Search Result for "virtual reality":
Wordnet 3.0

NOUN (1)

1. a hypothetical three-dimensional visual world created by a computer; user wears special goggles and fiber optic gloves etc., and can enter and move about in this world and interact with objects as if inside it;

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3 definitions retrieved:

WordNet (r) 3.0 (2006):

virtual reality n 1: a hypothetical three-dimensional visual world created by a computer; user wears special goggles and fiber optic gloves etc., and can enter and move about in this world and interact with objects as if inside it
The Jargon File (version 4.4.7, 29 Dec 2003):

virtual reality n. 1. Computer simulations that use 3-D graphics and devices such as the Dataglove to allow the user to interact with the simulation. See cyberspace. 2. A form of network interaction incorporating aspects of role-playing games, interactive theater, improvisational comedy, and ?true confessions? magazines. In a virtual reality forum (such as Usenet's alt.callahans newsgroup or the MUD experiments on Internet), interaction between the participants is written like a shared novel complete with scenery, foreground characters that may be personae utterly unlike the people who write them, and common background characters manipulable by all parties. The one iron law is that you may not write irreversible changes to a character without the consent of the person who ?owns? it. Otherwise anything goes. See bamf, cyberspace, teledildonics.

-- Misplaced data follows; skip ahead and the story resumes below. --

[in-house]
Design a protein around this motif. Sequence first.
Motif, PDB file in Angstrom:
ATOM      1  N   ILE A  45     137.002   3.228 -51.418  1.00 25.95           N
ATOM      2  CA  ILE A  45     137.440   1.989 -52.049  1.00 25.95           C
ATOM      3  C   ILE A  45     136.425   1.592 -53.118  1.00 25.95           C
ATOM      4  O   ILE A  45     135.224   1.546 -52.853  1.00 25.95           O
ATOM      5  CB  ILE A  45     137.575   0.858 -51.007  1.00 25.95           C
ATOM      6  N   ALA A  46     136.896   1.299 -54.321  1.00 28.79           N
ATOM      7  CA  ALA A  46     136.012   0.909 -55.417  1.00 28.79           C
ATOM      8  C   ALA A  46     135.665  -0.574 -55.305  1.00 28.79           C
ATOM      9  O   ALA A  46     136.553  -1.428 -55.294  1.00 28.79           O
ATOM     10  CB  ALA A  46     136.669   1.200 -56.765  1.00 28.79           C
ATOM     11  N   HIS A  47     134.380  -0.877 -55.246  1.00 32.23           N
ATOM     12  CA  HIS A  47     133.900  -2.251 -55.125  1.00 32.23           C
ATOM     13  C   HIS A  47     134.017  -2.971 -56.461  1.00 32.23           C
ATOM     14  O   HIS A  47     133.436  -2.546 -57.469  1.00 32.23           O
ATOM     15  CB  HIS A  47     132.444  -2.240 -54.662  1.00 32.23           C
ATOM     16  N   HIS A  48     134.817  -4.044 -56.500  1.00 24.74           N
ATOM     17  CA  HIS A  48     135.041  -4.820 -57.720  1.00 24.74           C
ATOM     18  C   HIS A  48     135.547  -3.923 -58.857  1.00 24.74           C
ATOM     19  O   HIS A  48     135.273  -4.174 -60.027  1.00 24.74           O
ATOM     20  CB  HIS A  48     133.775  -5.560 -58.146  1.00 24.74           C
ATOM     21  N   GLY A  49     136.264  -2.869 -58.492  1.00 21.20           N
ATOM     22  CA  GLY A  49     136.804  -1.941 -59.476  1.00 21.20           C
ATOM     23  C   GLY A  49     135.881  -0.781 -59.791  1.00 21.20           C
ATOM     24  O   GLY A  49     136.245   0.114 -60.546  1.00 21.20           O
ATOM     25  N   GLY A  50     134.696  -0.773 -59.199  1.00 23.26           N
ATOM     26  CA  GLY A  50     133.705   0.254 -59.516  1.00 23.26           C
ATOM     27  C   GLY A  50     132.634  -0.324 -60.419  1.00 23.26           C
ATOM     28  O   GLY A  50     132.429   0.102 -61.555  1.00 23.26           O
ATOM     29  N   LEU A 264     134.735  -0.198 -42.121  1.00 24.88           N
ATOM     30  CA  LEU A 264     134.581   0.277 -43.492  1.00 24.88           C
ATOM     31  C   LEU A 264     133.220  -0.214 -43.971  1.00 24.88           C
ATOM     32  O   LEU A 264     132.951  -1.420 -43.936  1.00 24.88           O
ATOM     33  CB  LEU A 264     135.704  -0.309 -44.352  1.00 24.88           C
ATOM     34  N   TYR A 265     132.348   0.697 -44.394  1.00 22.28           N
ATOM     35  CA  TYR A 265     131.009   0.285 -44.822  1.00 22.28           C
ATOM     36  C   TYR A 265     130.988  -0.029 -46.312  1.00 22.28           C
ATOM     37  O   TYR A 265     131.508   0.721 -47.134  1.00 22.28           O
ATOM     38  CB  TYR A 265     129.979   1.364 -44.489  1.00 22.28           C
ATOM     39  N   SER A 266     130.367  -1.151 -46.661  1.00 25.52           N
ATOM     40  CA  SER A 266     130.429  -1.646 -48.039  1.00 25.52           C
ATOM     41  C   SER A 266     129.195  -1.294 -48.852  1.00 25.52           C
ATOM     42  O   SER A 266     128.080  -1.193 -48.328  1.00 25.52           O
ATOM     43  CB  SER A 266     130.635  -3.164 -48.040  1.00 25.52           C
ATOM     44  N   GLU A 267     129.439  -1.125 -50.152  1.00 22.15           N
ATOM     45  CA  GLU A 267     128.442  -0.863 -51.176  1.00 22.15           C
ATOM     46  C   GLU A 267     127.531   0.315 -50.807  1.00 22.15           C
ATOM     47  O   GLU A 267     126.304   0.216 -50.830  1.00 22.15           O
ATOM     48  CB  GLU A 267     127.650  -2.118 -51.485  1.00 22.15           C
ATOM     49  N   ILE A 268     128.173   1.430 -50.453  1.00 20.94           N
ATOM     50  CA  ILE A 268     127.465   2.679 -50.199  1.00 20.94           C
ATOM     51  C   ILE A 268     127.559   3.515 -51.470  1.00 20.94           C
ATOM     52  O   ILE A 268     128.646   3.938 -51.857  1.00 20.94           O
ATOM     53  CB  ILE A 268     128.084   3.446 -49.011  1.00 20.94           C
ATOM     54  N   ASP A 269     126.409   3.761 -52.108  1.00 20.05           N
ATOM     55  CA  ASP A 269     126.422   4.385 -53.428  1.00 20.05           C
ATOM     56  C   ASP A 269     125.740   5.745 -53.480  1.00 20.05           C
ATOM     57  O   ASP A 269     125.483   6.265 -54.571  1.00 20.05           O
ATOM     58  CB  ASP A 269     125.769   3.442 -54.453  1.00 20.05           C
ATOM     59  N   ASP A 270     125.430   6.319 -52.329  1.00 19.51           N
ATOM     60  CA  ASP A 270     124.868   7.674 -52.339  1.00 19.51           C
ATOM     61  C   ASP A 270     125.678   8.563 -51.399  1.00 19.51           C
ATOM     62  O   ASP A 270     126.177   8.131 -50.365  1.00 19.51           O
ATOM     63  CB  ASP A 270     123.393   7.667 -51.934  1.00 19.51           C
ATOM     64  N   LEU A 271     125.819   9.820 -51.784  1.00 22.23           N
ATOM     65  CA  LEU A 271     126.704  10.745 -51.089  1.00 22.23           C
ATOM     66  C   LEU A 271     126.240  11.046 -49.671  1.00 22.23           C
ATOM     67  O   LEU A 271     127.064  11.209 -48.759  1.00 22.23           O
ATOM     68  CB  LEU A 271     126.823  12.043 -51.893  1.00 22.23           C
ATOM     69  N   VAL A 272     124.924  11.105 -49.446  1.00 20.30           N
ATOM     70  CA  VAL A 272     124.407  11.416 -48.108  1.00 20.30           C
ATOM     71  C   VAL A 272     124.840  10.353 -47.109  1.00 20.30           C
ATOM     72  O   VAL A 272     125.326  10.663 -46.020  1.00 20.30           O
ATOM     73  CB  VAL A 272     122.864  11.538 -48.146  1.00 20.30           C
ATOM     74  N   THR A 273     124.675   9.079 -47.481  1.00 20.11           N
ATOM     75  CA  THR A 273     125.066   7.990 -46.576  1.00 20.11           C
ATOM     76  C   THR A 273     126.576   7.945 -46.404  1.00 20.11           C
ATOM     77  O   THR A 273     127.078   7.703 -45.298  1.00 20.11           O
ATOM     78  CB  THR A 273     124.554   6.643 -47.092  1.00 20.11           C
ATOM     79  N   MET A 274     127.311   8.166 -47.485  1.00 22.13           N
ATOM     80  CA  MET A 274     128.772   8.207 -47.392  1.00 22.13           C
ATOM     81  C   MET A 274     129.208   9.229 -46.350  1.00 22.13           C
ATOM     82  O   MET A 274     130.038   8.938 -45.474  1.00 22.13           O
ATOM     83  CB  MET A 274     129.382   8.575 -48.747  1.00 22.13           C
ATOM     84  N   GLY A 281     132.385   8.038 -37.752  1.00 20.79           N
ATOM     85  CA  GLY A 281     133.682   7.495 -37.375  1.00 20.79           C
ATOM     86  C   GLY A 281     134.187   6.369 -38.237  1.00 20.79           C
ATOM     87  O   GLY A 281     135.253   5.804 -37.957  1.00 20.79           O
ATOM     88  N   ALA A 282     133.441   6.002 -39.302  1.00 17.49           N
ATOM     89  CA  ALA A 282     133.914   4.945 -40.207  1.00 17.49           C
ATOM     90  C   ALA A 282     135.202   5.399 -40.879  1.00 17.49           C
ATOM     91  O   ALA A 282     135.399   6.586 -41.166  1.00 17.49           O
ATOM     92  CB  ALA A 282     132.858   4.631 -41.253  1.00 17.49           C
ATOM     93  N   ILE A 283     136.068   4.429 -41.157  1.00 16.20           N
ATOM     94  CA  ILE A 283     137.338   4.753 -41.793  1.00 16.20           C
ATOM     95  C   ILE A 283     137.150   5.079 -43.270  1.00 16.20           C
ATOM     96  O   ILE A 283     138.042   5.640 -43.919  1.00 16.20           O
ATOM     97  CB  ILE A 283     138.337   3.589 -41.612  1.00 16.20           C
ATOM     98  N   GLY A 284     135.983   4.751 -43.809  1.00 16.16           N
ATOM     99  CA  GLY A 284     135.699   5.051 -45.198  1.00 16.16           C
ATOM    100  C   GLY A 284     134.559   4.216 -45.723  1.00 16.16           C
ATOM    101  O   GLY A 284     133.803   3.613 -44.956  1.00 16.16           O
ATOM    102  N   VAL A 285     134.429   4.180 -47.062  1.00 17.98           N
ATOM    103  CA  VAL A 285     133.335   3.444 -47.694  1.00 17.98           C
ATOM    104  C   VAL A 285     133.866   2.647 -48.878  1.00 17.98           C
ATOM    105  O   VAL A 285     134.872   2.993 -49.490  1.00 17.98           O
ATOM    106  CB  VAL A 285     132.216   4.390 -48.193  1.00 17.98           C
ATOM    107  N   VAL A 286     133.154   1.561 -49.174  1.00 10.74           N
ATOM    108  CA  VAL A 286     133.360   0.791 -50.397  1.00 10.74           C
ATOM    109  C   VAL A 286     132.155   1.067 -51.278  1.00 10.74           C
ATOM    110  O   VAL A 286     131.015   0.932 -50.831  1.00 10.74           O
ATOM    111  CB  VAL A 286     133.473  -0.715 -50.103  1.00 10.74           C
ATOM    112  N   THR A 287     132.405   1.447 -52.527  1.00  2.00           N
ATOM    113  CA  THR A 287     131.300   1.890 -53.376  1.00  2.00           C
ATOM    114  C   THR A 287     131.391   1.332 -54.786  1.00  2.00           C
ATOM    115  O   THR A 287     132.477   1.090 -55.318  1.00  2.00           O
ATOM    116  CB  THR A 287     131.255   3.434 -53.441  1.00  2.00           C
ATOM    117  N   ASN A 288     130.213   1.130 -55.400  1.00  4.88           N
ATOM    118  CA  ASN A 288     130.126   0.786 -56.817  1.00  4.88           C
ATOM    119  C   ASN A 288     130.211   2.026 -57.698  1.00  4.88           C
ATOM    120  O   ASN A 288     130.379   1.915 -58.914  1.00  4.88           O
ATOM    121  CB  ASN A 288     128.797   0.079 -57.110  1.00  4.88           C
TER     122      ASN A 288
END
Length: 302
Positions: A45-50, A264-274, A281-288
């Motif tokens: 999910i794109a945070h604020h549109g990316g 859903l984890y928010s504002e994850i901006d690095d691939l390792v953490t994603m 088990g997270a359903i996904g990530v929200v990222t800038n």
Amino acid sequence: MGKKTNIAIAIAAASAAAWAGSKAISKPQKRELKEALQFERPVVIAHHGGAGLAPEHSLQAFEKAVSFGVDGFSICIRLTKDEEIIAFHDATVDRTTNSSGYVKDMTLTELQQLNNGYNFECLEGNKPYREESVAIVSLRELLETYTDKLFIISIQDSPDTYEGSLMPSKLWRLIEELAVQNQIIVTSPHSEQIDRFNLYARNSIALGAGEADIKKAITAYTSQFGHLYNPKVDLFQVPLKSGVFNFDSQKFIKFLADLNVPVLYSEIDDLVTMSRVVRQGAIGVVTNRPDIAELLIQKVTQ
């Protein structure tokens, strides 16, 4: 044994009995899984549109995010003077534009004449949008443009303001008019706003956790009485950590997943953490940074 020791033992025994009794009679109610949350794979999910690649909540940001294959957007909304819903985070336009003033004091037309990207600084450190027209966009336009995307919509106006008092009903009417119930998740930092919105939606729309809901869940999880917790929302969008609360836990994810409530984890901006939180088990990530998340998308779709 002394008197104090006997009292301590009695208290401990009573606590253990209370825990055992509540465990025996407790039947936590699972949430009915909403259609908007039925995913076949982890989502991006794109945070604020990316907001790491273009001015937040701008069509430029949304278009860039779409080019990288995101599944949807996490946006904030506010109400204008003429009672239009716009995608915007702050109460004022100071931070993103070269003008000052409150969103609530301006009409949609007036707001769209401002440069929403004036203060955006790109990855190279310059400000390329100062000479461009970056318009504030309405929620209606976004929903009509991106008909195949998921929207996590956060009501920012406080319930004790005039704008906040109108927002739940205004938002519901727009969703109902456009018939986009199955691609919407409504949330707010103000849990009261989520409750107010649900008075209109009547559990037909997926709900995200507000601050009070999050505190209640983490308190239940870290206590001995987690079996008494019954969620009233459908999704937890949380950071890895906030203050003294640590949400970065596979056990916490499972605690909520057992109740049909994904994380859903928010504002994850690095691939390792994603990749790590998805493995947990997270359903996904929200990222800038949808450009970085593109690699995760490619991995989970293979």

The Free On-line Dictionary of Computing (18 March 2015):

virtual reality VR (VR) 1. Computer simulations that use 3D graphics and devices such as the data glove to allow the user to interact with the simulation. 2. A form of network interaction incorporating aspects of role-playing games, interactive theater, improvisational comedy, and "true confessions" magazines. In a virtual reality forum (such as Usenet's news:alt.callahans newsgroup or the MUD experiments on Internet and elsewhere), interaction between the participants is written like a shared novel complete with scenery, "foreground characters" that may be personae utterly unlike the people who write them, and common "background characters" manipulable by all parties. The one iron law is that you may not write irreversible changes to a character without the consent of the person who "owns" it, otherwise, anything goes. See bamf, cyberspace. [Jargon File] (1995-01-30)